"Who of us today can go to one's room — or 'cloister' — and be content? Who can spend a Sunday afternoon doing mostly nothing? Who even knows what the word saunter means anymore? Who wants to wait for anything — especially to wait in silence?

When it comes to media, most of us want to be not only informed by the media, not only entertained; we want to be impressed by the dazzle and drama and the flash. As to sporting events, we do not do so well with baseball; too many lulls in the action. Basketball? Actually, just show us the last shot at the buzzer in overtime. You tell your child to turn off the video game and go outside to play and he says, 'What is this — 1962?!'

"Thomas Merton knew the importance of peace and quiet, of silence and solitude. Early on in his monastic life within the community, Merton was reading and researching the lives of the hermits of old. He discovered at the very least that inner solitude, detachment — a hermitage of the heart — were the minimum requirements for serious prayer and meditation. As he saw the modern world getting louder, more crowded, more demanding, he saw the need for a little cloister of his own. But even his hermitage had become less than ideal (partly due to his own need for social contact).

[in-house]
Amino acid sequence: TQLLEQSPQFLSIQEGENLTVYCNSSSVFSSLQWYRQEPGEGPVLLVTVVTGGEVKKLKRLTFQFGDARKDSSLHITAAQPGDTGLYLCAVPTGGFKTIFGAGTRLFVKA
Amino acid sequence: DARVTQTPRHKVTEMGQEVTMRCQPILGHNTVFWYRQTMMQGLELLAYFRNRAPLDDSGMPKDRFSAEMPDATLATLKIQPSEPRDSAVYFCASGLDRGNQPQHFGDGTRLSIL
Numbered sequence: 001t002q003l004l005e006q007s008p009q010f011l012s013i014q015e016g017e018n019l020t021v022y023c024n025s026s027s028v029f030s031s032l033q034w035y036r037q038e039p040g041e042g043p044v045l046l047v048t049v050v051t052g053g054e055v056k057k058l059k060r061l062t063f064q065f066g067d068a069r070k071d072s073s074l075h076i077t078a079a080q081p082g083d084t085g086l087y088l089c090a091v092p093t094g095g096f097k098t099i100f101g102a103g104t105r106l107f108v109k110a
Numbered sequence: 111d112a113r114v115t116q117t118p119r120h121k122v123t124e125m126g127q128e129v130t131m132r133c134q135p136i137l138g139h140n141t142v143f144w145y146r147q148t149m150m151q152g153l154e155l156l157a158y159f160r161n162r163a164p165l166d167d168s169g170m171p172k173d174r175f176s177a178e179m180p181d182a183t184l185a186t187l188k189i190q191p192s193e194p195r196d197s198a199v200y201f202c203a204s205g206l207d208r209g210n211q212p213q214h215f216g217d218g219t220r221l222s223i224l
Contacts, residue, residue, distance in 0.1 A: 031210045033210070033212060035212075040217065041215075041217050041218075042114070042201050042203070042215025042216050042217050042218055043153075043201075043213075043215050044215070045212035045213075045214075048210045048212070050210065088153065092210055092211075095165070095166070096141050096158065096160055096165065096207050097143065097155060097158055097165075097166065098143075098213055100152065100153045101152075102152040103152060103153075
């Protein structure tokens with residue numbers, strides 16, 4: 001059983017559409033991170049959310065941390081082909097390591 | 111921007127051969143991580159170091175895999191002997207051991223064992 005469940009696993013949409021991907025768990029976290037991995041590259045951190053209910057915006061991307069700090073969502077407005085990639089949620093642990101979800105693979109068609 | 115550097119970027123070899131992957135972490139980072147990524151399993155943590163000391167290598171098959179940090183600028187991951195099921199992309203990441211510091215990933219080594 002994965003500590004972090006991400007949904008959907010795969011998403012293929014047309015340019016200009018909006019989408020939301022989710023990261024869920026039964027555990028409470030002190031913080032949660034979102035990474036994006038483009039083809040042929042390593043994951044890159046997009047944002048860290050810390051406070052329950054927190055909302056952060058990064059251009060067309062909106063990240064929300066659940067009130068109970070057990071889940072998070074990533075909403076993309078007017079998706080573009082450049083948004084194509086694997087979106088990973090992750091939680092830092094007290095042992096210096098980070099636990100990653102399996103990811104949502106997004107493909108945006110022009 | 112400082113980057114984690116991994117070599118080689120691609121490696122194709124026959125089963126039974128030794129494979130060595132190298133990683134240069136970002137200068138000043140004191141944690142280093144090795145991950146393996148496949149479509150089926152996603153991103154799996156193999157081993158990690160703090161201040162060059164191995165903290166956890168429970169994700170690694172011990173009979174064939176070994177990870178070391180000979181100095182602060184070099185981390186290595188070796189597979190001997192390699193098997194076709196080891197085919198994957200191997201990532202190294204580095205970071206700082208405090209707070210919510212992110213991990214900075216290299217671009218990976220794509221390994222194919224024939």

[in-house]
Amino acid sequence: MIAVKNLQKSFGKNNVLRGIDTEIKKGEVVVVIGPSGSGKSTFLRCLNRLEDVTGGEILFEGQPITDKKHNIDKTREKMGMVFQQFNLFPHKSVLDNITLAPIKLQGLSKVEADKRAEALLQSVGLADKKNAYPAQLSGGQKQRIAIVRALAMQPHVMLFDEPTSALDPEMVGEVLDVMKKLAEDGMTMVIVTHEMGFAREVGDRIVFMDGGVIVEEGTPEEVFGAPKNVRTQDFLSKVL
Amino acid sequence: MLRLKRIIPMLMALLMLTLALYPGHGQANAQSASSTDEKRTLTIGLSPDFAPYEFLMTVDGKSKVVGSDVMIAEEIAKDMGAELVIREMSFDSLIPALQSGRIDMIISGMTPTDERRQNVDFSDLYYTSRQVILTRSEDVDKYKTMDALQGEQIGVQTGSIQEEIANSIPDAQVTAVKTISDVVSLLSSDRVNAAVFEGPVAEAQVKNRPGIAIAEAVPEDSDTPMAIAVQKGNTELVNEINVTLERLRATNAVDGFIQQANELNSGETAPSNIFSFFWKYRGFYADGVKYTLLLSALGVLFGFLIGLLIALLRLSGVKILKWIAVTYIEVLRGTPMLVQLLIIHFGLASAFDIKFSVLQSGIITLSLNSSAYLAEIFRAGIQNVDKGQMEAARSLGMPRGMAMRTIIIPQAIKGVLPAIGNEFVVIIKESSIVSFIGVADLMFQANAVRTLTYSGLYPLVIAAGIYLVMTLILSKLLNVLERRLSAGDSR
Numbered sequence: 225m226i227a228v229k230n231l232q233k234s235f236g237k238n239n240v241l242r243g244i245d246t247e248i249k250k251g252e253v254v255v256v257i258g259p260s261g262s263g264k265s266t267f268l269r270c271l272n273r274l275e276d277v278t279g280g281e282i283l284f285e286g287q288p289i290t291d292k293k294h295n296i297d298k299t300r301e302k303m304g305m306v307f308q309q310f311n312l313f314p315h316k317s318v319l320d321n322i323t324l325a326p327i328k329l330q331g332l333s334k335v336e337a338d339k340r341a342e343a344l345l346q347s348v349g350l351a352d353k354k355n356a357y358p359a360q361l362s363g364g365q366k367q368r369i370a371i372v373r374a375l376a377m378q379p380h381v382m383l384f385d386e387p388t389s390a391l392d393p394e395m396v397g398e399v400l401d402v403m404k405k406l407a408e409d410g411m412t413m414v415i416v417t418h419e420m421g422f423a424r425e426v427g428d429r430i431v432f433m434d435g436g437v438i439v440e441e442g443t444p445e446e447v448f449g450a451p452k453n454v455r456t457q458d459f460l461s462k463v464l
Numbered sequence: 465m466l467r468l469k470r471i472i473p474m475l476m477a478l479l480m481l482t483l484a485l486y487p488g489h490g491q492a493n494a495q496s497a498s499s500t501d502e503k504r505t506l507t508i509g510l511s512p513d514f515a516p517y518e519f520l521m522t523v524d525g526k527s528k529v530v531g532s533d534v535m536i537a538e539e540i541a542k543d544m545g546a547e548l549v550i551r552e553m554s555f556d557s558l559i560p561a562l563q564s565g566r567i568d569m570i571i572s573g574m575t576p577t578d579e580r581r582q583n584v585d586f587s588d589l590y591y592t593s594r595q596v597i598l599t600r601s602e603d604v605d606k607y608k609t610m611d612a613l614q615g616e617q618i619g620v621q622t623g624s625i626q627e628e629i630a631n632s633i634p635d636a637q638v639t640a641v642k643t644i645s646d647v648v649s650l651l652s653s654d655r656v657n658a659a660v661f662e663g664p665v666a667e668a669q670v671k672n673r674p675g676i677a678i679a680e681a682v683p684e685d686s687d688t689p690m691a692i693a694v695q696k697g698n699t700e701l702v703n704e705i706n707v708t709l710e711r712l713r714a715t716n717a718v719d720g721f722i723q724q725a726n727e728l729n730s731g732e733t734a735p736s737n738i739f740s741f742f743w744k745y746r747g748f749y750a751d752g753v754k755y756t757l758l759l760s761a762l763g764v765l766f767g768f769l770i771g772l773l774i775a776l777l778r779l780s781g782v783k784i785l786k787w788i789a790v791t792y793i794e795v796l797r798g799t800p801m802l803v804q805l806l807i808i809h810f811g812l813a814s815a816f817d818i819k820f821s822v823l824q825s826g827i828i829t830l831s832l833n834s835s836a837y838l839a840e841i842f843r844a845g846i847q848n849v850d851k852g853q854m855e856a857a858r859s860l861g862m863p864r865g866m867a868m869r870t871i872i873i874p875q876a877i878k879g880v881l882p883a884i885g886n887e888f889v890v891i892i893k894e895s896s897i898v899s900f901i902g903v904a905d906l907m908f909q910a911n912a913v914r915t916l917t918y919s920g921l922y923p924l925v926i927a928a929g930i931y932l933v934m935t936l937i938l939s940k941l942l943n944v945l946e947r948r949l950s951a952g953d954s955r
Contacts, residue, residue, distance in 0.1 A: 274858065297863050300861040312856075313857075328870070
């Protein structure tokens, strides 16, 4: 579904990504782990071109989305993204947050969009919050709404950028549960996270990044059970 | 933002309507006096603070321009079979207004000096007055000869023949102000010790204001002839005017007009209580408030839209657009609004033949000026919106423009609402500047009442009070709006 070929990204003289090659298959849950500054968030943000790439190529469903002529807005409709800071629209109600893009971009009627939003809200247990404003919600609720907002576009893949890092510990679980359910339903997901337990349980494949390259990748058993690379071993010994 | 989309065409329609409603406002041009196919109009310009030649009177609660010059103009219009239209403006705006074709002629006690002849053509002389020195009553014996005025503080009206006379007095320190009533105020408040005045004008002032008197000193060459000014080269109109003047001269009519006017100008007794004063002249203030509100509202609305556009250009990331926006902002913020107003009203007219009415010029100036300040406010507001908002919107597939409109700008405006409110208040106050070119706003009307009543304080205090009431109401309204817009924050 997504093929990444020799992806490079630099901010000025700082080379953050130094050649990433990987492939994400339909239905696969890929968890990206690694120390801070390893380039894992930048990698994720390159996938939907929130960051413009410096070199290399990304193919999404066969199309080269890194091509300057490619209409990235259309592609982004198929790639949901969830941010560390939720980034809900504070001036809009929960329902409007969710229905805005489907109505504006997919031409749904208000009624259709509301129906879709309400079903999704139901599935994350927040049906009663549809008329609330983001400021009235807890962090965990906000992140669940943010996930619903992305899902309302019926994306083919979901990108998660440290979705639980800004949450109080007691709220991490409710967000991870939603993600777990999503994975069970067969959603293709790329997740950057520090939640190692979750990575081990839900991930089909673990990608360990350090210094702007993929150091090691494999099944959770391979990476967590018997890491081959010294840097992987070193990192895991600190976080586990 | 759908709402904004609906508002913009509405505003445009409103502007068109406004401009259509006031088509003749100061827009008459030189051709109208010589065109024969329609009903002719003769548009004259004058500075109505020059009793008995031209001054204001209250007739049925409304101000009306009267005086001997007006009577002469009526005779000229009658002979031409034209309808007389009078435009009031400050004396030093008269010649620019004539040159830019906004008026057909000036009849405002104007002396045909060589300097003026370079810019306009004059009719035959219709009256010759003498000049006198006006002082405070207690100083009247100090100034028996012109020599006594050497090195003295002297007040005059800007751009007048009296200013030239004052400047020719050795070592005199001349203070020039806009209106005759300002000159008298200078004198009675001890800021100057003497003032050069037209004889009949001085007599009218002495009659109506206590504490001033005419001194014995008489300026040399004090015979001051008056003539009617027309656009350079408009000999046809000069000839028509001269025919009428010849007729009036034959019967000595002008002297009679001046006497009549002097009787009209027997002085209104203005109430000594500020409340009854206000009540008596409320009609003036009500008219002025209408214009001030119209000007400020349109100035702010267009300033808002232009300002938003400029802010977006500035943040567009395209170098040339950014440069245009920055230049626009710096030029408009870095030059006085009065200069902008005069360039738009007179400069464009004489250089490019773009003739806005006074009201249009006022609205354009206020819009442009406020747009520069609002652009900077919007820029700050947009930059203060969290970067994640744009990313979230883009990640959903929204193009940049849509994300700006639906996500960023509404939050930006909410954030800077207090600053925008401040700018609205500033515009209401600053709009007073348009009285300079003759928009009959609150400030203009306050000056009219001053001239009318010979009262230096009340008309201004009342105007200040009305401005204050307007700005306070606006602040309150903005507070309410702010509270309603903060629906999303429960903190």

"On one leg of the last trip he would take, in India on November 18, 1968, he wrote, thinking of Gethsemani: 'Though I fully appreciate the advantages of the hermitage at Gethsemani, I still have the feeling that the lack of quiet — and the general turbulence there (external and internal) last summer are indications that I ought to move.' Though just a few sentences later he notes, 'It (Gethsemani) is my monastery and being away has helped me see it in perspective and love it more.'

"He gave utmost importance, despite everything, to the solitude and the silence. We require these in our lives as well, to assure time and space to ponder eternal questions. These things are necessary for us in order to take the 'narrow way' Jesus asks us to take, the way Thomas Merton took.

"Where can you find a place in your life for silence and for solitude?"